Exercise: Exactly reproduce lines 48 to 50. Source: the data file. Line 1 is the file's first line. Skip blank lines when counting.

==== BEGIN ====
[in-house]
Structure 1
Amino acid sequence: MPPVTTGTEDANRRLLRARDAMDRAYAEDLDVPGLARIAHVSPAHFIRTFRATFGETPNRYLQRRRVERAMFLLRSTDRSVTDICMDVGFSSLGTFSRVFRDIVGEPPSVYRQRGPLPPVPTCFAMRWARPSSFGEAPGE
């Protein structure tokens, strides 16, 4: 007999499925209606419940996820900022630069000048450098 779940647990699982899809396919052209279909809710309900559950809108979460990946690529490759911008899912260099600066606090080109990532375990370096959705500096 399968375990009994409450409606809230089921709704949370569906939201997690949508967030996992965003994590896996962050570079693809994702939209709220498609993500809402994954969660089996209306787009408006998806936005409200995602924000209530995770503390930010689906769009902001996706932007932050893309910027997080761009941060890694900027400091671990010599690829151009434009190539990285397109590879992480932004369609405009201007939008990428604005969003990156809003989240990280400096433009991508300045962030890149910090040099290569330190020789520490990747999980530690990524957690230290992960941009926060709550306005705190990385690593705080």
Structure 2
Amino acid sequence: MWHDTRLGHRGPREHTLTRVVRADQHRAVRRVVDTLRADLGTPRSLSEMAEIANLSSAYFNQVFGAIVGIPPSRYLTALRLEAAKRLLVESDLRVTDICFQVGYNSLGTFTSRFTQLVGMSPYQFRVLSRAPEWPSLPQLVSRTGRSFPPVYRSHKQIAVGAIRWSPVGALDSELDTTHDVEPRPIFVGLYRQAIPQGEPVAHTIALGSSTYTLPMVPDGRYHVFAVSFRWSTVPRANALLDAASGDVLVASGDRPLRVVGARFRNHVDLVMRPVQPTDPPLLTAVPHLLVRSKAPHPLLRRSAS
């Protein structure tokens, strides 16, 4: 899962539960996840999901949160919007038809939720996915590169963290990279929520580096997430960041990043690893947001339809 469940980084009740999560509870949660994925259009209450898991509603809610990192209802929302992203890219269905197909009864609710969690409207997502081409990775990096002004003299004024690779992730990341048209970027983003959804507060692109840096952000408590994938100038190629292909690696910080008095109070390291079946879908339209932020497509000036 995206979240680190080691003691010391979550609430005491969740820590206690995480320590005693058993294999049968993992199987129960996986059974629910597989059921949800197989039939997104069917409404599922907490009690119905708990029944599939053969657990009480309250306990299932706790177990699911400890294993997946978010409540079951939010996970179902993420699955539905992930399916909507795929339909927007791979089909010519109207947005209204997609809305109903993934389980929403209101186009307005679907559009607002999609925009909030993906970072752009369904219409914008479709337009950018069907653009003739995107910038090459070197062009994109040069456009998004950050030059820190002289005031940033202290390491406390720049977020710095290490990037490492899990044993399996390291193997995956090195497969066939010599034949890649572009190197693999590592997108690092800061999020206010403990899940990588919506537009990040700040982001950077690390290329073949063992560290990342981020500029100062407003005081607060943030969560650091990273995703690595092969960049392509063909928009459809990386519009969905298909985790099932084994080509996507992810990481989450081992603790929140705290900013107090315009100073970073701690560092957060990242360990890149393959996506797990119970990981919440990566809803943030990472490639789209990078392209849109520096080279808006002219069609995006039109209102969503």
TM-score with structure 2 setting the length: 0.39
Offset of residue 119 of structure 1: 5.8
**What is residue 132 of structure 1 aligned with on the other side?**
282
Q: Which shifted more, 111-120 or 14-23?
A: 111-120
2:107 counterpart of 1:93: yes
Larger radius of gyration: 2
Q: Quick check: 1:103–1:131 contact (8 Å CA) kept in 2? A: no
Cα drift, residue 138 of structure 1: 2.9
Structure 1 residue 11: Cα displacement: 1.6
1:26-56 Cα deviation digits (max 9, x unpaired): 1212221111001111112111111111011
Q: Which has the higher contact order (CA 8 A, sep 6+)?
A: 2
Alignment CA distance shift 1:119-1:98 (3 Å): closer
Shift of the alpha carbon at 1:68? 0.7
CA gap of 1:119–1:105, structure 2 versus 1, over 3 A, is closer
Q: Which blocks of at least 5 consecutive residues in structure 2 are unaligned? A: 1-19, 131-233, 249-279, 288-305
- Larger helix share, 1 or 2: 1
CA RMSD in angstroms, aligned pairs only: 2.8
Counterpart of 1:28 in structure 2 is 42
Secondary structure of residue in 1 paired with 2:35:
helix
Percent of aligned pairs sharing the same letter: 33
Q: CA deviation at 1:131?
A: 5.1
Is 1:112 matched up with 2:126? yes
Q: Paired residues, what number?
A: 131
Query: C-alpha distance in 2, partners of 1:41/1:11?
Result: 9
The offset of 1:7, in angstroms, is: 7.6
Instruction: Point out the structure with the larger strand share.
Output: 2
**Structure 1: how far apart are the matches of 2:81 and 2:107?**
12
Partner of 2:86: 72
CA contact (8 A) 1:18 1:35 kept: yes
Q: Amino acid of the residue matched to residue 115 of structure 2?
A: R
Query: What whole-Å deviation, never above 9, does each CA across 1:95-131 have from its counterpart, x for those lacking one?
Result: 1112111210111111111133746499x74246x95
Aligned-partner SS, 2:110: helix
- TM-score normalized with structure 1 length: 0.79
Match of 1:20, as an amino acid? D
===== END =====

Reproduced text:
Query: What whole-Å deviation, never above 9, does each CA across 1:95-131 have from its counterpart, x for those lacking one?
Result: 1112111210111111111133746499x74246x95
Aligned-partner SS, 2:110: helix